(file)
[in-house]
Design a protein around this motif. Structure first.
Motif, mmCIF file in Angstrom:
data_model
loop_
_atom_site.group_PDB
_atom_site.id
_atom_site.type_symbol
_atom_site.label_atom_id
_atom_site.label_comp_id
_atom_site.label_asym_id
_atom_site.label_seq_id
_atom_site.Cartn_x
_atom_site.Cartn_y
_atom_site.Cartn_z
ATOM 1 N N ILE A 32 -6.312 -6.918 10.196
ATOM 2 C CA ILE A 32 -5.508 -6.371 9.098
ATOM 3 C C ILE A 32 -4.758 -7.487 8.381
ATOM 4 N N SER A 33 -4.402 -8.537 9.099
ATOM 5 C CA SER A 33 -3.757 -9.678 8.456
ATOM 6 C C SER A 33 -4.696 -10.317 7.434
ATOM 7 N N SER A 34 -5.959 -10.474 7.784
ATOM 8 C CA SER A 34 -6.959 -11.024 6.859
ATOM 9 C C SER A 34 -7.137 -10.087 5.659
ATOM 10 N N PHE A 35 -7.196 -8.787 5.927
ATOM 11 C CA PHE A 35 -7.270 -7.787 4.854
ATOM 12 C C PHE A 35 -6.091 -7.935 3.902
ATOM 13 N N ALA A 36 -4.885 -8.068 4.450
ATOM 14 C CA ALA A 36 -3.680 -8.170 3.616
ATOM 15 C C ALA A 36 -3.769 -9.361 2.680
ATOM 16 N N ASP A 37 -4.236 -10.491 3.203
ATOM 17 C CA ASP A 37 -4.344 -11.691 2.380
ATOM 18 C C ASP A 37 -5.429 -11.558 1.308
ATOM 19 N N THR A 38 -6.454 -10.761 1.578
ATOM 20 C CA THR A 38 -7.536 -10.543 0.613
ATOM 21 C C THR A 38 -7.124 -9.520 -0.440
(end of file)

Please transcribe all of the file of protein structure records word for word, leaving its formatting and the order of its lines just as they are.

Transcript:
[in-house]
Design a protein around this motif. Structure first.
Motif, mmCIF file in Angstrom:
data_model
loop_
_atom_site.group_PDB
_atom_site.id
_atom_site.type_symbol
_atom_site.label_atom_id
_atom_site.label_comp_id
_atom_site.label_asym_id
_atom_site.label_seq_id
_atom_site.Cartn_x
_atom_site.Cartn_y
_atom_site.Cartn_z
ATOM 1 N N ILE A 32 -6.312 -6.918 10.196
ATOM 2 C CA ILE A 32 -5.508 -6.371 9.098
ATOM 3 C C ILE A 32 -4.758 -7.487 8.381
ATOM 4 N N SER A 33 -4.402 -8.537 9.099
ATOM 5 C CA SER A 33 -3.757 -9.678 8.456
ATOM 6 C C SER A 33 -4.696 -10.317 7.434
ATOM 7 N N SER A 34 -5.959 -10.474 7.784
ATOM 8 C CA SER A 34 -6.959 -11.024 6.859
ATOM 9 C C SER A 34 -7.137 -10.087 5.659
ATOM 10 N N PHE A 35 -7.196 -8.787 5.927
ATOM 11 C CA PHE A 35 -7.270 -7.787 4.854
ATOM 12 C C PHE A 35 -6.091 -7.935 3.902
ATOM 13 N N ALA A 36 -4.885 -8.068 4.450
ATOM 14 C CA ALA A 36 -3.680 -8.170 3.616
ATOM 15 C C ALA A 36 -3.769 -9.361 2.680
ATOM 16 N N ASP A 37 -4.236 -10.491 3.203
ATOM 17 C CA ASP A 37 -4.344 -11.691 2.380
ATOM 18 C C ASP A 37 -5.429 -11.558 1.308
ATOM 19 N N THR A 38 -6.454 -10.761 1.578
ATOM 20 C CA THR A 38 -7.536 -10.543 0.613
ATOM 21 C C THR A 38 -7.124 -9.520 -0.440